Sahar Khoury’s Staged Life is an index of overabundant, disposed material and an attempt at disintegration and compression–a tension between the desires to accumulate and to clear out space. While navigating the public reuse and recycling area at Recology, she observed the repeated actions of people with vehicles full of things to be thrown out and their eagerness to dump and break stuff as they made way for new belongings, next steps, loss, and different lives. The resulting exhibition is filled with rhythmic exclamations and silences in its mass of wire crates, a rack of boomboxes, and ground down and crushed objects.

One of the anchoring elements of the exhibition is an environment of stacked cages augmented with an array of additional materials jutting off of its edges. A small tag on one of the adjustable pet crates references phases of life and the wire container’s ability to accommodate your dog as they grow. These types of kennels posit that a young puppy needs a contained area to feel safe and are designed with a repositionable divider to create the appropriate amount of room over time. (One of my own dogs prefers to retreat to his crate when he’s feeling overstimulated and needs down time.) But while it might be a place of refuge, the wire structure, especially in its dense accumulation, also reads as a potential threat as we navigate the space around it. These are also tools of containment and a loss of freedom or bodily autonomy. The spectre of cages inevitably raises questions of their application and who is then constrained within them.

In the installation, Khoury creates a container for all of those tensions and multiplicities. This is a collection of the home and the cage, a repetition of products and unique characters, the desire to empty and as well as gather. As much she punctuates the exhibition with objects she attempted to obliterate, the pieces remain behind with a stubborn persistence. The fragments continue to serve a reminder of the steps that came before.

Sahar Khoury was born in Chicago, IL and lives and works in Oakland, CA. Trained as an anthropologist and working for many years on community-based research projects concerning structural vulnerability within Latinx migrant labor communities, Khoury did not receive a formal art education until later in her career. Rather, she developed her practice within the Bay Area’s queer community of the late 1990s and 2000s, making works for music shows, theater performances, and street protests.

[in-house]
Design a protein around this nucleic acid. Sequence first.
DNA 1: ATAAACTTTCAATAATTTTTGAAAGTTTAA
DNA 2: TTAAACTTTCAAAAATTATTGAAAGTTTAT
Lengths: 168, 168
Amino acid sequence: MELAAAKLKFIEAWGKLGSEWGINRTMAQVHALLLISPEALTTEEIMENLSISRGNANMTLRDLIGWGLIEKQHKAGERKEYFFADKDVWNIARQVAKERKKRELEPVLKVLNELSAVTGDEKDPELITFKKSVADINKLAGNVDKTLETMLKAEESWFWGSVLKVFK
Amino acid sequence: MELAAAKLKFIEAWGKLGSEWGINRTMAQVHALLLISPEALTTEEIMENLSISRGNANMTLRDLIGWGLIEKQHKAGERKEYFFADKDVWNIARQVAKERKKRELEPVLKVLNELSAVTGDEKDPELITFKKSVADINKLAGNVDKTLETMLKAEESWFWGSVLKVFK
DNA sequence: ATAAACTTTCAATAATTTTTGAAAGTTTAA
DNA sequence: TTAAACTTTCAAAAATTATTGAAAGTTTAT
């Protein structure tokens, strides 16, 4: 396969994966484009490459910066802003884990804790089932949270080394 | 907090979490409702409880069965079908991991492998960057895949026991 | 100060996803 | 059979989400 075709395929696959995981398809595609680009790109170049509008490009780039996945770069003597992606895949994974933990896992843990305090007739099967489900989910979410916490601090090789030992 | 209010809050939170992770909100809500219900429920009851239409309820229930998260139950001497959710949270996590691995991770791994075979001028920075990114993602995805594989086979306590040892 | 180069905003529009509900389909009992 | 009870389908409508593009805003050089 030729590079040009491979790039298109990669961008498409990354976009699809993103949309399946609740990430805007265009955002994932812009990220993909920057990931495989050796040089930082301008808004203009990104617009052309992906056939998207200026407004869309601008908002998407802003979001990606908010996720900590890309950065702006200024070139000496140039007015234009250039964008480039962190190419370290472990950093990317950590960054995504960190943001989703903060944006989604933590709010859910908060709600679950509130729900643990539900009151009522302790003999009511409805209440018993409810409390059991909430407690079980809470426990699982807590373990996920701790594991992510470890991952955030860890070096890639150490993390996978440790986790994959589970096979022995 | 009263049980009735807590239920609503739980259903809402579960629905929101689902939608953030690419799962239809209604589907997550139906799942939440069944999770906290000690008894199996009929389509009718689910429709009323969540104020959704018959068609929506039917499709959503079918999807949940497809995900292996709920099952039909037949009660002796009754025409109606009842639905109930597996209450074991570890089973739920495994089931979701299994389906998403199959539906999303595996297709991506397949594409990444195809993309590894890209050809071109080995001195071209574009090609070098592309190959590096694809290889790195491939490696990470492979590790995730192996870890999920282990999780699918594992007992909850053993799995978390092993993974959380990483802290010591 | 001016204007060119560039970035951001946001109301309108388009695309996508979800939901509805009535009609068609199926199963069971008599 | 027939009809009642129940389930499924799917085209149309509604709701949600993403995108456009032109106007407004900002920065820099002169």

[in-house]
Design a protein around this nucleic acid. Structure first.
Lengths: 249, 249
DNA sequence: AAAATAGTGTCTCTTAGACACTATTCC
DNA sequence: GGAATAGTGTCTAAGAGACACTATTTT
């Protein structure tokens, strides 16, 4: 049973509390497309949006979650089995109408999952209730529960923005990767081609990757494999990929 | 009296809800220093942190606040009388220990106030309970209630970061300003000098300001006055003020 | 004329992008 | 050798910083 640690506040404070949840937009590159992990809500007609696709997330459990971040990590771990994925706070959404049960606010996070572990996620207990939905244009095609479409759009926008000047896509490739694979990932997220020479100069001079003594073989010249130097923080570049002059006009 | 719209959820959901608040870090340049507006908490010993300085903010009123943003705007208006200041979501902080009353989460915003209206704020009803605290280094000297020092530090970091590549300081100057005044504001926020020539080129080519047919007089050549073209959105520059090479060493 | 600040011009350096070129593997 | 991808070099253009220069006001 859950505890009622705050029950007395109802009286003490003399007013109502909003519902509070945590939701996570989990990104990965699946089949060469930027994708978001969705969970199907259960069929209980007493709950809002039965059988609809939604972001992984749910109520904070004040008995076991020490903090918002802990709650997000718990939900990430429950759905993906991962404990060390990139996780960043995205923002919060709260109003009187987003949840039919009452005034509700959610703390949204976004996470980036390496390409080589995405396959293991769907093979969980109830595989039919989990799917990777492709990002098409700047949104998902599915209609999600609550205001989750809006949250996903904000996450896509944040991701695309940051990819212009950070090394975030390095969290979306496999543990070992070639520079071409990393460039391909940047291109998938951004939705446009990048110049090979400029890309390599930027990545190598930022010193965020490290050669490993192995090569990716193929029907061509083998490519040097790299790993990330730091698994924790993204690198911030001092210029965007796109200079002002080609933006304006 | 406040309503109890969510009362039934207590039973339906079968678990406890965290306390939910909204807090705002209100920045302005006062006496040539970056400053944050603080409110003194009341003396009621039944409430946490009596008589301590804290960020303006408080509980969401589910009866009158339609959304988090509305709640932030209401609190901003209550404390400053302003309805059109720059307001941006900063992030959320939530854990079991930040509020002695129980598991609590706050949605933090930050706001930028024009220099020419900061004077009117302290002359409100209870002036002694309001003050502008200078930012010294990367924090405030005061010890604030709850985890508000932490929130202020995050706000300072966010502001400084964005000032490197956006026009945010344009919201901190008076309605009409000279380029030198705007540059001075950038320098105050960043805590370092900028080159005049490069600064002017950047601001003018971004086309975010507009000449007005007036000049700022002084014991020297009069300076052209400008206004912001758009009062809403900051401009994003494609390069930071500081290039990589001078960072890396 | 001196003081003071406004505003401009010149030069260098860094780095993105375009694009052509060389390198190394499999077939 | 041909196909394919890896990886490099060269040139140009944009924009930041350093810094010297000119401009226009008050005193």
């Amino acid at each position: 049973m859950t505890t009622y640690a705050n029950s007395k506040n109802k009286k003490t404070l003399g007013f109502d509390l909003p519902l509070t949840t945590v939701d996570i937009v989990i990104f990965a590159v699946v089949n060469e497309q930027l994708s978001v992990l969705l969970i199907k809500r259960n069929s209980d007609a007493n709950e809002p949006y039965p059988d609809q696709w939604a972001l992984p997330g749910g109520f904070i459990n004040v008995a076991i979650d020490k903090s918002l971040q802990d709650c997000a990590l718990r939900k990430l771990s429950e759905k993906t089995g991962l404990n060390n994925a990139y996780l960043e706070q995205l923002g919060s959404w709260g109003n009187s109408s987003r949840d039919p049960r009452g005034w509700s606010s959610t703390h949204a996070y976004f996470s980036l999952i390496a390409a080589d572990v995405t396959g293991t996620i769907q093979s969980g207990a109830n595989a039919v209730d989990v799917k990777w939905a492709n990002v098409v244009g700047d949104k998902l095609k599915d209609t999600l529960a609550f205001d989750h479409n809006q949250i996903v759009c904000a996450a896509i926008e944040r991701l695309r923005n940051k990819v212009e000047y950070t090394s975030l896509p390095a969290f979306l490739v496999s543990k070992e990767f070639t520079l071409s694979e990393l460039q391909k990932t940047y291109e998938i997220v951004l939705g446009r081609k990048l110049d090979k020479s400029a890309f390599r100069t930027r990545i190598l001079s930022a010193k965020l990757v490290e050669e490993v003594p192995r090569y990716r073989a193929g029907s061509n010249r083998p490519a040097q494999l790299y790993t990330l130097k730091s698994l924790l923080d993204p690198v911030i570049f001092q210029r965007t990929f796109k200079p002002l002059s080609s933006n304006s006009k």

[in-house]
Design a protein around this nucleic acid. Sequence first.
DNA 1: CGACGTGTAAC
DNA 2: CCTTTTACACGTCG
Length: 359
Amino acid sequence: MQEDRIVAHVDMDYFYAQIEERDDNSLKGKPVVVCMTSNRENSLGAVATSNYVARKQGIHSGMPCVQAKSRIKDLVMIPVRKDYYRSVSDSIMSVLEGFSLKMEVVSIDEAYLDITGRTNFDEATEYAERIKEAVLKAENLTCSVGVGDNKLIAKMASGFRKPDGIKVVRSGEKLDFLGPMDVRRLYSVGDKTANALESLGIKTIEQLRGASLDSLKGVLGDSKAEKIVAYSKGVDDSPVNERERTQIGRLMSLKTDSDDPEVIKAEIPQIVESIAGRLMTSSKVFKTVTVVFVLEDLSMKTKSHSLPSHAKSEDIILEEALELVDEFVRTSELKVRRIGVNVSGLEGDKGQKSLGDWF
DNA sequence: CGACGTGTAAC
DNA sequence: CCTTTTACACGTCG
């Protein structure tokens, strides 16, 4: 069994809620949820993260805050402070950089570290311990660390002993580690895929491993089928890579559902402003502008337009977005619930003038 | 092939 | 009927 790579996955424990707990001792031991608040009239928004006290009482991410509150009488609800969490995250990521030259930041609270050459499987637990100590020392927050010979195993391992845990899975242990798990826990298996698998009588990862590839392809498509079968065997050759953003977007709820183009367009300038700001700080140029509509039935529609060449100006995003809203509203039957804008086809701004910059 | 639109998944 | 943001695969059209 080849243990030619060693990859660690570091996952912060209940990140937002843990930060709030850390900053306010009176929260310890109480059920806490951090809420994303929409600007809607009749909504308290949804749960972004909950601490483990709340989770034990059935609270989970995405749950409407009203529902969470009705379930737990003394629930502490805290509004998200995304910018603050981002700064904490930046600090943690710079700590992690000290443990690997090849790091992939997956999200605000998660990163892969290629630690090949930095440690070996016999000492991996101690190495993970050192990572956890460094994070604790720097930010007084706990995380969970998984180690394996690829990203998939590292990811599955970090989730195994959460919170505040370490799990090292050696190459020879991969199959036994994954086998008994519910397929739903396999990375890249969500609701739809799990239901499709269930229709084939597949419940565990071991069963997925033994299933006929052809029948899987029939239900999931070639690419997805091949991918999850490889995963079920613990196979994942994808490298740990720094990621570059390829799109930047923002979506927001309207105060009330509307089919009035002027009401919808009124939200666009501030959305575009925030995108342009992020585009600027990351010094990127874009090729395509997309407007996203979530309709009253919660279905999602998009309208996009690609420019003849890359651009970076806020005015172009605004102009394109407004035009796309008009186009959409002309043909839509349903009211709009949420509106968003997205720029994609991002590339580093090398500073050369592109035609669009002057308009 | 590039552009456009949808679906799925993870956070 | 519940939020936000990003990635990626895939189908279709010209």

Khoury’s work has been exhibited at the San Francisco Museum of Modern Art (where she was the recipient of the 2019 SECA Art Award), Yerba Buena Center for the Arts, Oakland Museum of California, the Wattis Institute, UC Berkeley Art Museum, Scripps 77th Ceramic Annual, Rebecca Camacho Projects, and CANADA Gallery. She received her B.A. in Anthropology from UC Santa Cruz in 1996 and her M.F.A. From UC Berkeley in 2013.

Nunca No (Claire Dunn & Charles Lee)
The Act of Opening

Written by Weston Teruya 

Nunca No’s The Act of Opening welcomes us into the sculptural dialogue between the two artistic collaborators, Claire Dunn and Charles Lee. The exhibition posits a series of questions and speculative proposals channeled through their interconnected and reconfigured artworks. While gathering materials, the artists were struck by the markers of class stratification and division throughout the pile of disposed goods. If everything eventually ends up discarded in the same place, scarred by being roughly tossed into the big pile of our material excess–luxury decor, modest home goods, personal correspondence, an old magazine–entrenched ideas about monetary value become irrelevant. And in the end, the divisions between us are collapsed into the same heap of trash. Dunn and Lee therefore ask, “What do we have left with us after our belongings make their way into the dump? What impact have we had on the world beyond our consumption and accumulation of stuff?” Through their work, Nunca No challenges us to consider how the symbols of material value socialized us within capitalism. Whether the ornate fixtures of an old mansion or a rough hand carved frame, these things teach us desire and alienation–the parameters within which we are expected to navigate in proper society.